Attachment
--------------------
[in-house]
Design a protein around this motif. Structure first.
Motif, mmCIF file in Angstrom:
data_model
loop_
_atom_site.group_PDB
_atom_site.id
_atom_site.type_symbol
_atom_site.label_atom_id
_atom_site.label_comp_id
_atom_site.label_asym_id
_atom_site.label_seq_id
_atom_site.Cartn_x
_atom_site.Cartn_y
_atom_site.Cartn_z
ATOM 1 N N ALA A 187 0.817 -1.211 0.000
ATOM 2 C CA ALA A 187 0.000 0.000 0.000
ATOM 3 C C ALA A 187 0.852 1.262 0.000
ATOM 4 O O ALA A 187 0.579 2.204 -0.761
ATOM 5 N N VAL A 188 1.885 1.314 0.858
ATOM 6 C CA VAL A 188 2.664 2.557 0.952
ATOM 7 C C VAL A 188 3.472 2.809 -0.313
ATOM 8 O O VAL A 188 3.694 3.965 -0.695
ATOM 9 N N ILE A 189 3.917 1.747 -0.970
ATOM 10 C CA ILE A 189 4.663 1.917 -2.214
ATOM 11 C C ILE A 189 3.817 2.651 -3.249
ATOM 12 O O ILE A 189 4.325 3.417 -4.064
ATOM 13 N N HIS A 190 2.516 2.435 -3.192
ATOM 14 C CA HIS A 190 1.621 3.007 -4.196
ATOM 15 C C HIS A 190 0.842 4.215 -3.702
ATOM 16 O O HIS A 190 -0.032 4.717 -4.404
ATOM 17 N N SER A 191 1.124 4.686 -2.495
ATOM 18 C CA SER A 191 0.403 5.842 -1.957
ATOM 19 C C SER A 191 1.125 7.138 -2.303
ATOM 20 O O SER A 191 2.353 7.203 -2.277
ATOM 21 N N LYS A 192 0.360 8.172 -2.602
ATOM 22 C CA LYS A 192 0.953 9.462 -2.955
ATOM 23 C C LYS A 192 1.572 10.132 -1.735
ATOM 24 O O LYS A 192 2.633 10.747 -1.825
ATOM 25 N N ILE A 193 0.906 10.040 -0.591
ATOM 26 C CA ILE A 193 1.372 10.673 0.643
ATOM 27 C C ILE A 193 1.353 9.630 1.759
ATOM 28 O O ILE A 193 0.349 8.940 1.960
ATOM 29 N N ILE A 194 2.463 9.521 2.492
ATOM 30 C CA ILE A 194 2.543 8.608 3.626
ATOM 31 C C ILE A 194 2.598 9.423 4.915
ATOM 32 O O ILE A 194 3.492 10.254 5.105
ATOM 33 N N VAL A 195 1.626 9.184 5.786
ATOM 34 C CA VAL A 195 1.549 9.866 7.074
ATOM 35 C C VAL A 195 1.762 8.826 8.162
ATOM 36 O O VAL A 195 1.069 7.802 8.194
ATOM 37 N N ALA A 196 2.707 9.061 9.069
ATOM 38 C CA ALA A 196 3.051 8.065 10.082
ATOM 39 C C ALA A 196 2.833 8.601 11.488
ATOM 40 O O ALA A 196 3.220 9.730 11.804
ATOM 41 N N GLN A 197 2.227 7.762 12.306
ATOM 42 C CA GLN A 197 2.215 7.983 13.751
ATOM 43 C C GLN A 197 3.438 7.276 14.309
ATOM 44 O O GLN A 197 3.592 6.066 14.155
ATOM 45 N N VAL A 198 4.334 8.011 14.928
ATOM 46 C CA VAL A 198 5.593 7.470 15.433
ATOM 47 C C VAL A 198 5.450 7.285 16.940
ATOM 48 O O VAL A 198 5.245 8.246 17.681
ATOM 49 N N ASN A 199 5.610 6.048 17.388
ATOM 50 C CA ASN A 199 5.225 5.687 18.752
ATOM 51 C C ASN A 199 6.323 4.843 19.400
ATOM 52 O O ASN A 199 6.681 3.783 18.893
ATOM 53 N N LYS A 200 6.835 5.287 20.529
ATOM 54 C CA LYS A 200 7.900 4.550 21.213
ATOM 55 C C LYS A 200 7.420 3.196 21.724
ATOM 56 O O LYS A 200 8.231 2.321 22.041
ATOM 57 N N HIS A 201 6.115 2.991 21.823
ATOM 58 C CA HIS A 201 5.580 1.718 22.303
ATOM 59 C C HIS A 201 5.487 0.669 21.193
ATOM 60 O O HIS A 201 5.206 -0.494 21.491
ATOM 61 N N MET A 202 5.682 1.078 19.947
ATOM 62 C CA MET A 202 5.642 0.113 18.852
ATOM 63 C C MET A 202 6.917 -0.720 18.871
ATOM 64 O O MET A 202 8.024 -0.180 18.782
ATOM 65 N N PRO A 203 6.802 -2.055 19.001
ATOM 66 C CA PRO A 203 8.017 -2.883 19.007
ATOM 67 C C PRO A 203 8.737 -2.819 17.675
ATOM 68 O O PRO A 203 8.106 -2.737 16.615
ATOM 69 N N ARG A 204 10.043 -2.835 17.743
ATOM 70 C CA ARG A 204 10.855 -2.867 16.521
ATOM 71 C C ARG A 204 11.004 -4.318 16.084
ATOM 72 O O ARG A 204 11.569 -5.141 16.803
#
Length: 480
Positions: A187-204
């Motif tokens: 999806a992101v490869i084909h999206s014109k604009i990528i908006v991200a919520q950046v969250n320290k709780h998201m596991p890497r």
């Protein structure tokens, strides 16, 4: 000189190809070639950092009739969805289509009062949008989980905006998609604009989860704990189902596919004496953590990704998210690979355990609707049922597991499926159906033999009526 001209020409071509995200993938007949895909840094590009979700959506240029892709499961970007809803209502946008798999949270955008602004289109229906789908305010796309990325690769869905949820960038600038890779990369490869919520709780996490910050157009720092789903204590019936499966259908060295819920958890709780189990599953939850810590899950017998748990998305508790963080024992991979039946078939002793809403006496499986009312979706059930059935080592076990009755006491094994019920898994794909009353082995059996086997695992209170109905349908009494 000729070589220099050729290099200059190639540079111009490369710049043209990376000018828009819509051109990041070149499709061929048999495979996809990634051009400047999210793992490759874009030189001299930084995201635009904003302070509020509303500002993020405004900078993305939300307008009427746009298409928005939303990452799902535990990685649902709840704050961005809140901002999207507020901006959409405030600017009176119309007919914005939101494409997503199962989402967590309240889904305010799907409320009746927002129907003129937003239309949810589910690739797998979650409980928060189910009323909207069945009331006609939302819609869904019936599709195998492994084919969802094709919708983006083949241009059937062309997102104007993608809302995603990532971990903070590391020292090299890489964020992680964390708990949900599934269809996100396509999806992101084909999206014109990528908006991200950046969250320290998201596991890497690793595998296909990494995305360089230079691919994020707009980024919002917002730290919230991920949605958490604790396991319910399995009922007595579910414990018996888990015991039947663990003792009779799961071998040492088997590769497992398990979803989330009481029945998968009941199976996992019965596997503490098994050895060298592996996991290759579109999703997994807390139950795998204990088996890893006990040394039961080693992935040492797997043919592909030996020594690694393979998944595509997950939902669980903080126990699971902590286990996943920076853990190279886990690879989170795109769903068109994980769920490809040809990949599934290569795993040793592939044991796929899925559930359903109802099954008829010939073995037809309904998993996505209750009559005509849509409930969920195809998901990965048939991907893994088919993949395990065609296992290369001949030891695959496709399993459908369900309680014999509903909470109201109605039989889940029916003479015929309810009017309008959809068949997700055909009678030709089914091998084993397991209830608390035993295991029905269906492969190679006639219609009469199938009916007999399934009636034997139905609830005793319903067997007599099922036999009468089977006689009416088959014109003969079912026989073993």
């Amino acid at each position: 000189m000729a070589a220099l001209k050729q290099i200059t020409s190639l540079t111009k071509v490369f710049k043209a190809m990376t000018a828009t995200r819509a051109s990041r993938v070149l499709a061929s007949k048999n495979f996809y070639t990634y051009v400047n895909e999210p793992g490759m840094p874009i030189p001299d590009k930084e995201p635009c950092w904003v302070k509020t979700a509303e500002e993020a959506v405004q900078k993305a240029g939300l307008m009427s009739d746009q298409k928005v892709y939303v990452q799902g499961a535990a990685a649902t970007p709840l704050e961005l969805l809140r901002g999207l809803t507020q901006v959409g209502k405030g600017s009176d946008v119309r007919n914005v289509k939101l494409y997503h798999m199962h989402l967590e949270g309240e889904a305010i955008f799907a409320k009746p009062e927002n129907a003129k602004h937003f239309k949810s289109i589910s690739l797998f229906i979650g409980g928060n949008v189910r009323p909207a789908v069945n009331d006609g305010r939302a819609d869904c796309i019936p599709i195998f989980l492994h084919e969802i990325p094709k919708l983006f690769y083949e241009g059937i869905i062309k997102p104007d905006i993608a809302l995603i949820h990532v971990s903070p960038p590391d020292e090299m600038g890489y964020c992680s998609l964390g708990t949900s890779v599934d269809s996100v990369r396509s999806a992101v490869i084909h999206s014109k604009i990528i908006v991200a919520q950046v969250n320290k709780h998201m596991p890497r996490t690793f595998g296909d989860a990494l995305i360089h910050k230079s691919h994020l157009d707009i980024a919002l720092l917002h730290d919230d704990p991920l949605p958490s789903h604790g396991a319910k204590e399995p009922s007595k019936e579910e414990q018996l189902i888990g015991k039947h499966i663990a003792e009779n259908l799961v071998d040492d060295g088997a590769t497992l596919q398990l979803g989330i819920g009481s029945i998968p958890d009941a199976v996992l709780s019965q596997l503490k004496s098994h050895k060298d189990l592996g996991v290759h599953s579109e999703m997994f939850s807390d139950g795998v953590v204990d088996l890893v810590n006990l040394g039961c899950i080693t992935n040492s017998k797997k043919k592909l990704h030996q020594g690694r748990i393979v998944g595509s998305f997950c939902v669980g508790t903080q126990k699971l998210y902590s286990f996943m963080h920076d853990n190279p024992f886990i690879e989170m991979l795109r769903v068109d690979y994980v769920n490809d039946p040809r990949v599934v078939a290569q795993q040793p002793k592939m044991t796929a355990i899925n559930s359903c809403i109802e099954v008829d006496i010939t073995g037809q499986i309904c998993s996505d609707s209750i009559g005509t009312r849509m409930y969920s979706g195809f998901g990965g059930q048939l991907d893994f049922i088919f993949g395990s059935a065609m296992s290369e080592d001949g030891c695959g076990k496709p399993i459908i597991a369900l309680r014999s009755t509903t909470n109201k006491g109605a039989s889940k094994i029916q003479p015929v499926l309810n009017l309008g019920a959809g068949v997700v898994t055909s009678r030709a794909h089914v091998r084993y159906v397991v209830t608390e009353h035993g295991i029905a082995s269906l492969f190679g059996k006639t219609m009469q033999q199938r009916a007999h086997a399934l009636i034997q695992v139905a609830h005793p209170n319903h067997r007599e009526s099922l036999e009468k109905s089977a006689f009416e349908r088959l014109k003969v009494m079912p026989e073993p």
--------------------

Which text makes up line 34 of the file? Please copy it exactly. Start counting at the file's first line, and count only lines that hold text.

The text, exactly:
ATOM 19 C C SER A 191 1.125 7.138 -2.303